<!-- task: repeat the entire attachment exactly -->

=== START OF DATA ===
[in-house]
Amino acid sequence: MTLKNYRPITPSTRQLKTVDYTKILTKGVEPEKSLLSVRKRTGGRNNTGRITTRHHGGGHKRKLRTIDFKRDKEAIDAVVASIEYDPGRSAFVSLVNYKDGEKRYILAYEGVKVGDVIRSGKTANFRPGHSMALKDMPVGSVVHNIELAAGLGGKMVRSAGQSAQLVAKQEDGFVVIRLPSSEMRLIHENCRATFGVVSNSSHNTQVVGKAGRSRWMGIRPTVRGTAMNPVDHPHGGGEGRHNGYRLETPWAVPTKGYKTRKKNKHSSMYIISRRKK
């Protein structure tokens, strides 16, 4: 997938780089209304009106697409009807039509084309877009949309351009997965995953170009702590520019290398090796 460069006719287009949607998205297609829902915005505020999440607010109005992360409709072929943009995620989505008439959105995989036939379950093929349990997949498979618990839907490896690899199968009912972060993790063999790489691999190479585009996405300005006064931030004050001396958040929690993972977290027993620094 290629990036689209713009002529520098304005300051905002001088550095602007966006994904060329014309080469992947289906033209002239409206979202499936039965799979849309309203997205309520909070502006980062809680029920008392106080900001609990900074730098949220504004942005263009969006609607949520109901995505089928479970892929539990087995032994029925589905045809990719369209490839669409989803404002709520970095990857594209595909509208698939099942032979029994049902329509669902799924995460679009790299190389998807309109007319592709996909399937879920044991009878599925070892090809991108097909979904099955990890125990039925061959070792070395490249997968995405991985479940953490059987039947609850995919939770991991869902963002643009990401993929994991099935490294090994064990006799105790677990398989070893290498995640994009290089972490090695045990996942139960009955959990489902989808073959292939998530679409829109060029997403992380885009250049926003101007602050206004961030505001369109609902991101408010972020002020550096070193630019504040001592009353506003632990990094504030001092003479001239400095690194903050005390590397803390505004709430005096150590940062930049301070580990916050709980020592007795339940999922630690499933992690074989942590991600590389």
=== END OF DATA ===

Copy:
[in-house]
Amino acid sequence: MTLKNYRPITPSTRQLKTVDYTKILTKGVEPEKSLLSVRKRTGGRNNTGRITTRHHGGGHKRKLRTIDFKRDKEAIDAVVASIEYDPGRSAFVSLVNYKDGEKRYILAYEGVKVGDVIRSGKTANFRPGHSMALKDMPVGSVVHNIELAAGLGGKMVRSAGQSAQLVAKQEDGFVVIRLPSSEMRLIHENCRATFGVVSNSSHNTQVVGKAGRSRWMGIRPTVRGTAMNPVDHPHGGGEGRHNGYRLETPWAVPTKGYKTRKKNKHSSMYIISRRKK
């Protein structure tokens, strides 16, 4: 997938780089209304009106697409009807039509084309877009949309351009997965995953170009702590520019290398090796 460069006719287009949607998205297609829902915005505020999440607010109005992360409709072929943009995620989505008439959105995989036939379950093929349990997949498979618990839907490896690899199968009912972060993790063999790489691999190479585009996405300005006064931030004050001396958040929690993972977290027993620094 290629990036689209713009002529520098304005300051905002001088550095602007966006994904060329014309080469992947289906033209002239409206979202499936039965799979849309309203997205309520909070502006980062809680029920008392106080900001609990900074730098949220504004942005263009969006609607949520109901995505089928479970892929539990087995032994029925589905045809990719369209490839669409989803404002709520970095990857594209595909509208698939099942032979029994049902329509669902799924995460679009790299190389998807309109007319592709996909399937879920044991009878599925070892090809991108097909979904099955990890125990039925061959070792070395490249997968995405991985479940953490059987039947609850995919939770991991869902963002643009990401993929994991099935490294090994064990006799105790677990398989070893290498995640994009290089972490090695045990996942139960009955959990489902989808073959292939998530679409829109060029997403992380885009250049926003101007602050206004961030505001369109609902991101408010972020002020550096070193630019504040001592009353506003632990990094504030001092003479001239400095690194903050005390590397803390505004709430005096150590940062930049301070580990916050709980020592007795339940999922630690499933992690074989942590991600590389």